According to the registration certificate submitted by Applicant, the owner of the U.K. trademark No. 2243024, registered 26 January 2001 for the word MINT was the The Royal Bank of Scotland Group plc, 36 St. Andrew Square, Edinburgh, Scotland.

According to the documentary evidence the Applicant for the registration of the disputed domain name <mint.eu> was The Royal Bank of Scotland plc, 36 St. Andrew Square, Edinburgh, Scotland.

As evidenced by the certificates of incorporation submitted by the Complainant The Royal Bank of Scotland plc and The Royal Bank of Scotland Group plc are two separate legal entities. This assumption is not refuted by the fact that they are both registered at the same address and belong to the same group of companies (The Royal Bank of Scotland Group plc being the holding company).

It also follows from the fact that The Royal Bank of Scotland plc and The Royal Bank of Scotland Group plc are two different legal entities that the omission of the word “Group” in the application template was not a mere typographical error and that the word “Group”, unlike the indication of the legal form of a company such as SA, plc, Ltd. GmbH etc. is an essential part of Complainant’s business designation which cannot be omitted pursuant to Section 19(4) of the Sunrise Rules.

The Panel thus finds that the documentary evidence submitted by the Applicant did not show that the Applicant is the owner of the registered trade mark MINT.

According to the Regulation and the Sunrise Rules when the name of the applicant and the name of the owner of the trademark as they appear from the documentary evidence are different the applicant must submit official documents explaining this difference. Section 20 of the Sunrise Rules clearly explains what documents should be submitted to demonstrate how the applicant is entitled to rely upon the claimed prior right pursuant to article 14 of the Regulation.

When the names are different because the applicant is a licensee, Section 20 (1) of the Sunrise Rules will apply and when it is because the applicant is a transferee of the prior right, Section 20(2) of the Sunrise Rules will apply. For any other situation where the name of the applicant is not the same as the name of the owner of the prior right, Section 20(3) of the Sunrise Rules states that: "If, for any reasons other than as are referred to in Section 20(1) and 20(2) hereof, the Documentary Evidence provided does not clearly indicate the name of the Applicant as being the holder of the Prior Right claimed (e.g. because the Applicant has become subject to a name change, a merger, the Prior Right has become subject to a de iure transfer, etc.), the Applicant must submit official documents substantiating that it is the same person as or the legal successor to the person indicated in the Documentary Evidence as being the holder of the Prior Right".

In the present case, the Applicant failed to submit documentary evidence explaining this difference in the names of the Applicant and the owner of the trademark, but argues that there is an "implied license" in favour of the Applicant for Complainant’s trademark.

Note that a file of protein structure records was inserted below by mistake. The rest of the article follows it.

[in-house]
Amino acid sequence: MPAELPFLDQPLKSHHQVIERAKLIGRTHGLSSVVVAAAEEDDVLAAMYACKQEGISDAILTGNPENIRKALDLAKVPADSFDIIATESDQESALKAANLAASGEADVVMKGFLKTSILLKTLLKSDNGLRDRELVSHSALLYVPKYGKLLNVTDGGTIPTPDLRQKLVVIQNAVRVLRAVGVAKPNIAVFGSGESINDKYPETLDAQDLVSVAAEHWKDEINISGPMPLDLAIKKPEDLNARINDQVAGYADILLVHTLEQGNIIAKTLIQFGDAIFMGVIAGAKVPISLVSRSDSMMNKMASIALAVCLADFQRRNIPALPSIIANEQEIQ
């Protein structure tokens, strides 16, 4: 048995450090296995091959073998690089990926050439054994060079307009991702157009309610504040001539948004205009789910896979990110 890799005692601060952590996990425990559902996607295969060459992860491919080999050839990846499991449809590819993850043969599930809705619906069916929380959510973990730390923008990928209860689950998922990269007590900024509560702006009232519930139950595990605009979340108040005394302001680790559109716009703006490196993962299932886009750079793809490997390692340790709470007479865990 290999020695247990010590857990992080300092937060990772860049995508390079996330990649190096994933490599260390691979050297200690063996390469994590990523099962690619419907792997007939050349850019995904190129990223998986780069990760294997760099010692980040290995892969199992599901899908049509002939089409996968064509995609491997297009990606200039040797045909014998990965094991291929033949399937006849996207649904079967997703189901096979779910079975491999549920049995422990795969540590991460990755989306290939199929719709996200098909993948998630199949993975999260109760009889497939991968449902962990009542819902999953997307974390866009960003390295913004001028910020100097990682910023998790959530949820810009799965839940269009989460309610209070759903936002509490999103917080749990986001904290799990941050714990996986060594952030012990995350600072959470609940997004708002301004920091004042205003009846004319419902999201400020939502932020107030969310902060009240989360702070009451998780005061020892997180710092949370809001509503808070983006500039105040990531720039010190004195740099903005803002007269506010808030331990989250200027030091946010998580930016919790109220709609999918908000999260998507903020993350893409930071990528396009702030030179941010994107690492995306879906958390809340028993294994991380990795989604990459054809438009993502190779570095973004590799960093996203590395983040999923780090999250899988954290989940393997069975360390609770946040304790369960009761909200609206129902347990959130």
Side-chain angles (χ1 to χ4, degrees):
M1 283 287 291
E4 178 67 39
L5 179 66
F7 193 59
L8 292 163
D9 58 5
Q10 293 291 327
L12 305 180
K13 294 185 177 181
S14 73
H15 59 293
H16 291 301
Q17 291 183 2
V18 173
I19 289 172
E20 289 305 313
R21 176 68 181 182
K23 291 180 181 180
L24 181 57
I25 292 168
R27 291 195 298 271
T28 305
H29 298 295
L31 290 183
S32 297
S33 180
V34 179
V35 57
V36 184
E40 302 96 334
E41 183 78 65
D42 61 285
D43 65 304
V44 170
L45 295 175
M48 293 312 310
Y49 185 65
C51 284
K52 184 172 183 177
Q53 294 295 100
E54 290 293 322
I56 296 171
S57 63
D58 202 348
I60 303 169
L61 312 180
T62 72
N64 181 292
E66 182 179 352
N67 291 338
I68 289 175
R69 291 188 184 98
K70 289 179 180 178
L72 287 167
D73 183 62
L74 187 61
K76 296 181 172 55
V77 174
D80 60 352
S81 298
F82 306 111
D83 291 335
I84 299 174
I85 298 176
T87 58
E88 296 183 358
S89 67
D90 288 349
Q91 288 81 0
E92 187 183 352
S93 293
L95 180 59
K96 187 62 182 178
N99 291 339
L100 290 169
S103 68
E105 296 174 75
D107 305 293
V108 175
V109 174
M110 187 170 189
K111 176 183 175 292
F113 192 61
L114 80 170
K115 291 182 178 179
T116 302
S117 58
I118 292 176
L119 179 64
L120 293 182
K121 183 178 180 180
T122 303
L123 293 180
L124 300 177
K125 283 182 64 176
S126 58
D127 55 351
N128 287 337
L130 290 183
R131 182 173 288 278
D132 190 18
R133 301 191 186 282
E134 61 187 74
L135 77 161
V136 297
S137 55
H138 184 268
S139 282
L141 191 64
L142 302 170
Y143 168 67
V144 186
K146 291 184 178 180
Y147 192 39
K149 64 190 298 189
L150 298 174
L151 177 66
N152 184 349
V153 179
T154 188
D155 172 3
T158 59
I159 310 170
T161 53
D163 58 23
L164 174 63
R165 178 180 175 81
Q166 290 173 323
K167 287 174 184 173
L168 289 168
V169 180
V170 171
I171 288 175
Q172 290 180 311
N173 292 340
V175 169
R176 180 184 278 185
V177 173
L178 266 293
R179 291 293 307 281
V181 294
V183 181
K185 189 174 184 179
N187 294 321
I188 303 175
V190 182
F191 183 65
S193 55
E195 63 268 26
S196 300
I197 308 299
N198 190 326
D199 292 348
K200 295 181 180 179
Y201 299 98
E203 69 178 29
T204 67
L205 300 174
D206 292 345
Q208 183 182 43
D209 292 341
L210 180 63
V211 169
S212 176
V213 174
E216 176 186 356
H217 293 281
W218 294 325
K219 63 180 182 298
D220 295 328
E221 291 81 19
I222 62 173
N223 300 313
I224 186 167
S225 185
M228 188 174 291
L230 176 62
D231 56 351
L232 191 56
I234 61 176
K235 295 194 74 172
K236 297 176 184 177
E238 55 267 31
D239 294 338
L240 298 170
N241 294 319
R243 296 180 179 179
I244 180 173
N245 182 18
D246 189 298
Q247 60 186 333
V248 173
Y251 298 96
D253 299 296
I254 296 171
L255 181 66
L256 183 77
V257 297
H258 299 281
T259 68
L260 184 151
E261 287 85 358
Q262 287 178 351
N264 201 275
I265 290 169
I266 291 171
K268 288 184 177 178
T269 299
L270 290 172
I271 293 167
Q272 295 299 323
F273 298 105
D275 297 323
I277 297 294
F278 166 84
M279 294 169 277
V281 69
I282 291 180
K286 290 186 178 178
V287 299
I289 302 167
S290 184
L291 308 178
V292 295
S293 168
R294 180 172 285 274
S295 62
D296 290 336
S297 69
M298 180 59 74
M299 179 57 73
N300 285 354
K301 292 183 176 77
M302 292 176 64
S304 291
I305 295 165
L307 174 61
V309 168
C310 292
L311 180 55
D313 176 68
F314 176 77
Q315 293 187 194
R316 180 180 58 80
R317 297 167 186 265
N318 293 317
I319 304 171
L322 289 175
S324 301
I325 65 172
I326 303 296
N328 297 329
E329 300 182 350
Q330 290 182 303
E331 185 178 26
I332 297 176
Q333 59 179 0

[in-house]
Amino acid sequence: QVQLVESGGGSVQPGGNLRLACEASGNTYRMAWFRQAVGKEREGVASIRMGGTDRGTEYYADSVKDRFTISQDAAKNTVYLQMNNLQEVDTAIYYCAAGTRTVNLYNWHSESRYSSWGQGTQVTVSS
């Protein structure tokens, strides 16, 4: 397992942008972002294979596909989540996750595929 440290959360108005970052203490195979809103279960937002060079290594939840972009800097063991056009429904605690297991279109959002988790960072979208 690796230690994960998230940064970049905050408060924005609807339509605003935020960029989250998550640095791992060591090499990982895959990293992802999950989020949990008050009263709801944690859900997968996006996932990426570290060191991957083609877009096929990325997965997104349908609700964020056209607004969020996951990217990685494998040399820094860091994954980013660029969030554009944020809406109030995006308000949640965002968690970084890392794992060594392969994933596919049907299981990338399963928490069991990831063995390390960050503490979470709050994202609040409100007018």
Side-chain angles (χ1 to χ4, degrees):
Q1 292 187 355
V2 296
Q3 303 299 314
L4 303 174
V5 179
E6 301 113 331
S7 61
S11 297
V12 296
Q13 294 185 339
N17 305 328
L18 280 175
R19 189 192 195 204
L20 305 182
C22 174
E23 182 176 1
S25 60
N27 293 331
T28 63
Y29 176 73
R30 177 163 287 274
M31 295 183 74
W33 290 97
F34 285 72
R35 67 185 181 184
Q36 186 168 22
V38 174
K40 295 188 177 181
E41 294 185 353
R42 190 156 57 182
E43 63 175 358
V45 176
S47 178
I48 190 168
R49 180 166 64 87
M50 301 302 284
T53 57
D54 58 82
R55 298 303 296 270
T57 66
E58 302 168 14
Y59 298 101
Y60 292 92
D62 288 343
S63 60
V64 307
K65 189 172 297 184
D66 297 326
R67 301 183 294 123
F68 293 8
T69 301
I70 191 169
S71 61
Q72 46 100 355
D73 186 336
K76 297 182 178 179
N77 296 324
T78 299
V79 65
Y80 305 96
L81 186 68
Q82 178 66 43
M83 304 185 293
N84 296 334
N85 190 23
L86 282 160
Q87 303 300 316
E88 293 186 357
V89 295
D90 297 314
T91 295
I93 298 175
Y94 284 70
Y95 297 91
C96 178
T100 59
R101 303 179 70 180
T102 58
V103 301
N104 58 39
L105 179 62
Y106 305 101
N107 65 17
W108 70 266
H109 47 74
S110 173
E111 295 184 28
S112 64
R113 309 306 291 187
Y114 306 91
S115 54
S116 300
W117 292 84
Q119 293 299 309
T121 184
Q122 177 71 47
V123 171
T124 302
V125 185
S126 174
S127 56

However, as clearly stated in Section 20(1) of the Sunrise Rules, in order to establish a license agreement during the phased registration procedure, the Applicant needs to provide a license declaration form duly completed and signed by both the licensor of the relevant registered trade mark and the Applicant (as licensee).

The Panel thus finds that even if there was an “implied licence” in favour of the Applicant, such “implied licence” did not show that the Applicant is the licensee of the registered trade mark MINT in compliance with the formal requirements of Section 20(1) of the Sunrise Rules.

The key issue of this dispute, however, is whether such formalistic assessment of documentary evidence is line with the Regulation (EC) No. 874/2004 and in particular with Article 12 of the Regulation (EC) No. 874/2004 which explicitly contains an obligation that “the Registry ensures a proper and fair administration of the phased registration”, or whether Respondent under circumstances of the case had an obligation to give the applicant the opportunity to make corrections, submit additional documents or itself to investigate the circumstances of the application.

The Panel notes that there are various Panelist decisions in which Complainants argued that Respondent has adopted too formalistic a validation approach, and has violated Complainant’s right to a fair application procedure.

The vast majority of the Panels, however, upheld Respondent’s strict formalistic examination approach holding that Respondent is not obliged to clarify uncertainties in the application documents by making investigations of its own, nor that it had an obligation to give the applicant the opportunity to make corrections or submit additional documents.

See, for example,

- CAC Case No. 00479 – metalock.eu (registration of the domain name metalock.eu to the benefit of Metalock Denmark A/S not in line with Regulation (EC) No. 874/2004, since the trademark submitted in the application proceedings was registered in the name of Metalock Sweden A/S, and the two enterprises were separate legal entities);